Judges in England and Wales have been given the green light to use generative AI tools like ChatGPT for administrative tasks but warned against using them for conducting legal analysis.
The guidance, issued by the judiciary on Tuesday, advised judges to check any information provided by an AI tool for accuracy before it is relied upon.
Generative AI tools are known to provide incorrect information, including in the legal sector.
Two New York lawyers who submitted a legal brief containing fake case citations generated by ChatGPT were sanctioned over the summer.
The guidance warned judges against entering private or confidential information into a chatbot and said that AI tools are a “poor way of conducting research” to find new information that the person is not already familiar with.
However, the official guidance recommends using AI tools for summarising large bodies of text, writing presentations and administrative tasks.
Master of the Rolls, Sir Geoffrey Vos, said the judiciary “must embrace the adoption of developing technologies in our justice system, whilst ensuring that AI is used safely and responsibly”.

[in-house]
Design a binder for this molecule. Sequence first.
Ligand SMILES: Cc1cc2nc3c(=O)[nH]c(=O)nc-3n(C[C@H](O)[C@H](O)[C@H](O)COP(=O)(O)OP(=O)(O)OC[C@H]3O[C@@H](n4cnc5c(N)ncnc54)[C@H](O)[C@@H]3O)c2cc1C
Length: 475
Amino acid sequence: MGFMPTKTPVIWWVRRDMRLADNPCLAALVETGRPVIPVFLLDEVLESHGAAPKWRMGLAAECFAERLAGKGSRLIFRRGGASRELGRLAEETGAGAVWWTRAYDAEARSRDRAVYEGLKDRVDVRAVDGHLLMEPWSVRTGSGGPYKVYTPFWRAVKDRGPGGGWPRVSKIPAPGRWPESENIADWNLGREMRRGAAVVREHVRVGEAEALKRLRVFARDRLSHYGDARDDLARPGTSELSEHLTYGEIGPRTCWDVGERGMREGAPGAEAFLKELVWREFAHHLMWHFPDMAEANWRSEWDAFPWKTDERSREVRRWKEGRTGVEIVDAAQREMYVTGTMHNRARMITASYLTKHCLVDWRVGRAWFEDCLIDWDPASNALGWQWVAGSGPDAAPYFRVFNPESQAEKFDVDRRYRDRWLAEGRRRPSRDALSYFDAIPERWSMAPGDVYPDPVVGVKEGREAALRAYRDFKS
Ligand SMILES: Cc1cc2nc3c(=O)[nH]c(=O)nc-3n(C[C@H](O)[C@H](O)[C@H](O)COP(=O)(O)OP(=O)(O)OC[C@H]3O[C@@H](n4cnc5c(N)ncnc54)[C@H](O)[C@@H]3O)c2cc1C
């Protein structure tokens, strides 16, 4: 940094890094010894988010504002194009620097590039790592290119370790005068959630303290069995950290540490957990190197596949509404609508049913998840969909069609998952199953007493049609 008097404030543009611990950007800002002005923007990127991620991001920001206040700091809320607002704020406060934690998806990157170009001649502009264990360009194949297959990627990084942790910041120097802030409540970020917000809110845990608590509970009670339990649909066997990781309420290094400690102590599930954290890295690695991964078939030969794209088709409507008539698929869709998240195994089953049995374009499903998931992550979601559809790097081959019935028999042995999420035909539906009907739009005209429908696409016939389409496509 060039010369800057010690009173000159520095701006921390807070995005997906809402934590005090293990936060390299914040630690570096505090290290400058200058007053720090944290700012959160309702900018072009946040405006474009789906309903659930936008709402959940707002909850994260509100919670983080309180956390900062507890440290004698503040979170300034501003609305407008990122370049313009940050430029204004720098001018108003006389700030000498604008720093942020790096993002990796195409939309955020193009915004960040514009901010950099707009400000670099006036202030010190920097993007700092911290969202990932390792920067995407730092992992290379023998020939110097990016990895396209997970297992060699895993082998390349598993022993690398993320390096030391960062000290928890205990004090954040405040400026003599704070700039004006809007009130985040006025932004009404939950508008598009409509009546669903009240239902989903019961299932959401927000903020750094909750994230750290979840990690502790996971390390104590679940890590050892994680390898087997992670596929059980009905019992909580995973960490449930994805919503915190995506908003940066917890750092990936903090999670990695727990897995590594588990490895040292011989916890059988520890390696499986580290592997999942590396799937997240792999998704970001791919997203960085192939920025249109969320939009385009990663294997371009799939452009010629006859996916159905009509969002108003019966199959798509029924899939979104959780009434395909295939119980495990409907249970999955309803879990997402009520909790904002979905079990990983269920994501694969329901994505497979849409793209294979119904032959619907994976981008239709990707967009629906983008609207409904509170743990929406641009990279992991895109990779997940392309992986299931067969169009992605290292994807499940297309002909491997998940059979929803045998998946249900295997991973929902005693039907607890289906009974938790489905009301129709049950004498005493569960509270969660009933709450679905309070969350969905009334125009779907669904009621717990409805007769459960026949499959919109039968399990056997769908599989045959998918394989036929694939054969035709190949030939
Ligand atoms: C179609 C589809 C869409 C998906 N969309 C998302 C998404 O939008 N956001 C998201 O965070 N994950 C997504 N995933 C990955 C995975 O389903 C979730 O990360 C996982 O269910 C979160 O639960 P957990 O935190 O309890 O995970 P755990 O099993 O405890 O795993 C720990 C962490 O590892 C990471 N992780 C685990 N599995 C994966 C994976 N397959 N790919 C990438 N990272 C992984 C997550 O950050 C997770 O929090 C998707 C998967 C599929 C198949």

He added: “Judges do not need to shun the careful use of AI. But they must ensure that they protect confidence and take full personal responsibility for everything they produce.”
Generative AI systems are trained on enormous datasets. They identify patterns and structures within data to provide information in response to prompts. Because they base responses on predictions, generative AI models sometimes provide false information known as ‘hallucinations’.
“For now, while AI offers practitioners a new tool with extraordinary potential, we are some way from being confident that AI-generated material can be deployed unsupervised,” said James Levy, partner at law firm Ashurst.
“That is to say at this stage of development, all outputs purporting to represent legal opinion need to be reviewed, and verified carefully by qualified and experienced practitioners.”
Startups including Robin AI have seen the opportunity in bringing generative AI into the legal sector.
“This guidance is the first step in a proposed suite of future work to support the judiciary in their interactions with AI and to explore how AI will impact on the legal system and our courts,” said LJ Birss, deputy head of civil justice.
“It will be reviewed and updated as we learn more and as the technology continues to develop.”